• Print

An inspiring extract from Late Dr A.P.J. Abdul Kalam’s preface to Ignited Minds: Unleashing The Power Within India. The former President of India died while delivering a speech at the Indian Institute of Management, Shillong, on 27 July 2015. His last words were:"The topic I have selected is: Creating a Liveable Planet Earth. Dear friends,"

Photo: abdulkalam.nic.in

I have chosen to write about this subject of igniting young minds so that India turns into a developed nation by the year 2020 because all through my career in the field of technology and its management, I relied on the power and potential of youth. My strength has been my young teams who never let me down. And what satisfaction there was in working with them on some of the most complex projects in some of the most challenging situations! Given the freedom to achieve and guided properly, I am convinced the young of India can accomplish far more.

As I began writing, I wondered if I was not overreaching myself. I thought: Who am I to write about this capacity of India to realize its destiny as a developed nation? What do I really know about how this can be accomplished beyond what I have learned in my projects and missions evolved around science and technology? Isn't this an area that political leaders, economists, thinkers and other competent people would address better? How am I qualified to tell others about an ability that has been generally ignored?

At first as I was putting down my experiences with youth, I had no idea of what I would have to say. However, I put aside my doubts and began to examine what I hear from the people I meet during my visits to different places, particularly children, saints and seers, teachers, scientists, industry leaders and even political leaders. I am sure on my part that India has the ability to transform itself into a developed nation. Through my projects in space, defence and nuclear sectors, I know that our people have the ability to achieve the best in the world. They have a fantastic mix of belief and knowledge that sets them apart from any other nation on earth. I also know that their potential has gone untapped because we have become used to being subjugated and docile. What better project can I undertake than to tell my people that what they dream of can become possible, that they can have anything that comprises a good life: health, education, the freedom to pursue their goals, and above all, peace.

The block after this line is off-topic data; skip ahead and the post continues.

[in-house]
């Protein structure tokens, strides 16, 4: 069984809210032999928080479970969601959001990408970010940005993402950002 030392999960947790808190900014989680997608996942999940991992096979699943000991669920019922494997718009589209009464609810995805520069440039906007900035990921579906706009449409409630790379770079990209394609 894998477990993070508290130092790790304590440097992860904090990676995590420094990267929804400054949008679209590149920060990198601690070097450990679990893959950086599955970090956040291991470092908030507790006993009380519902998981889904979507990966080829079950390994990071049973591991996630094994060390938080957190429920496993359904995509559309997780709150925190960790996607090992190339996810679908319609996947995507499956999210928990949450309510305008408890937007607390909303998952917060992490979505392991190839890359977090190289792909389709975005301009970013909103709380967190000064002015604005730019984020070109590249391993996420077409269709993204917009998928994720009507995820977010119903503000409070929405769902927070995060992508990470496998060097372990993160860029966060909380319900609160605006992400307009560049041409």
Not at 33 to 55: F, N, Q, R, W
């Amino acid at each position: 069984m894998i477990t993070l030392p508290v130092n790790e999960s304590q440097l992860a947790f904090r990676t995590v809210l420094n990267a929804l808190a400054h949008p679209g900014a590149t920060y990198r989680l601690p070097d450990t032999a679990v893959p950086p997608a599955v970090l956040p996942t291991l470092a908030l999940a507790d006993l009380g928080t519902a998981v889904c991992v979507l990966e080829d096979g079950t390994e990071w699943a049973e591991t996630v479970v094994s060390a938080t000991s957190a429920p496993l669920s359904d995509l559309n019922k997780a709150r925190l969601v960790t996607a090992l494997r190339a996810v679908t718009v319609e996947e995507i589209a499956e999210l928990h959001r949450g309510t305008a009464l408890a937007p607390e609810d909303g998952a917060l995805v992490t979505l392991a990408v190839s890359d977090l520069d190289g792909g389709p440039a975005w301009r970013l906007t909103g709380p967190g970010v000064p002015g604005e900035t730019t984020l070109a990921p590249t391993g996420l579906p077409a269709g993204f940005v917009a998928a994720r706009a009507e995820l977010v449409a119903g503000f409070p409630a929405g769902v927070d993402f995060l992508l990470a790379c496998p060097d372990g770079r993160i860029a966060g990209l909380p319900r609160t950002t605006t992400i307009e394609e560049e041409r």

My quest for answers as to how this could be done took me to schools, the countryside, ashrams and many other places which were not part of my itinerary earlier. It was a new kind of experience, a very stimulating one at that. The paddy fields in Bihar left to an ad-hoc cycle of agriculture, the untapped mineral wealth of the newly formed state of Jharkhand and the unattended biodiversity of Tripura, throwing a great challenge to the knowledge era that is dawning. In Assam the sight of the mighty Brahmaputra almost mesmerized me. Its vast expanse of water filled me with a strange sense of helplessness too-the river's untapped flow was taking a gigantic mass of water into the sea. It made me think, that as a nation too we were failing to utilize our tremendous energies.

Where are we making a mistake? What is it that needs to be corrected? We have a roadmap in our five-year plans that cover some of the things we need to achieve. We have most of the necessary resources. There seems to be an attitude problem, as if we cannot shake ourselves out of a mindset of limited achievement. This book is all about breaking away from the forces that would prefer us to remain a nation of a billion people selling cheap labour and raw materials and providing a large market for goods and services of other nations.

I am writing this book to make my young readers hear a voice that says, 'Start moving.' Leadership must lead us to prosperity. Young Indians with constructive ideas should not have to see them wither in the long wait for approval. They have to rise above norms which are meant to keep them timid in the name of safety and to discourage entrepreneurship in the name of trade regimes, organizational order and group behaviour. As it is said, Thinking is the capital, Enterprise is the way, Hard Work is the solution.

Every nation has struggled to achieve its goals. Generations have given their best to make life better for their offspring. There is nothing mysterious or hidden about this, no alternative to effort. And yet we fail to follow the winning track. More than the problems outside-globalization, recession, inflation, insurgency, instability and so on-I am concerned about the inertia that has gripped the national psyche, the mindset of defeat. I believe that when we believe in our goals, that what we dream of can become reality, results will begin to follow. Ignited Minds is about developing that conviction in ourselves, and discarding the things that hold us back.

This was, in fact, a central thought that I kept in mind as I wrote. Share my dream of a developed India and see it made real in your own and others' lives. In my own way, I have tried to follow my beliefs, to do what I loved doing. I have tried, however, to guide but not to impose my views on others.

Source: abdulkalam.nic.in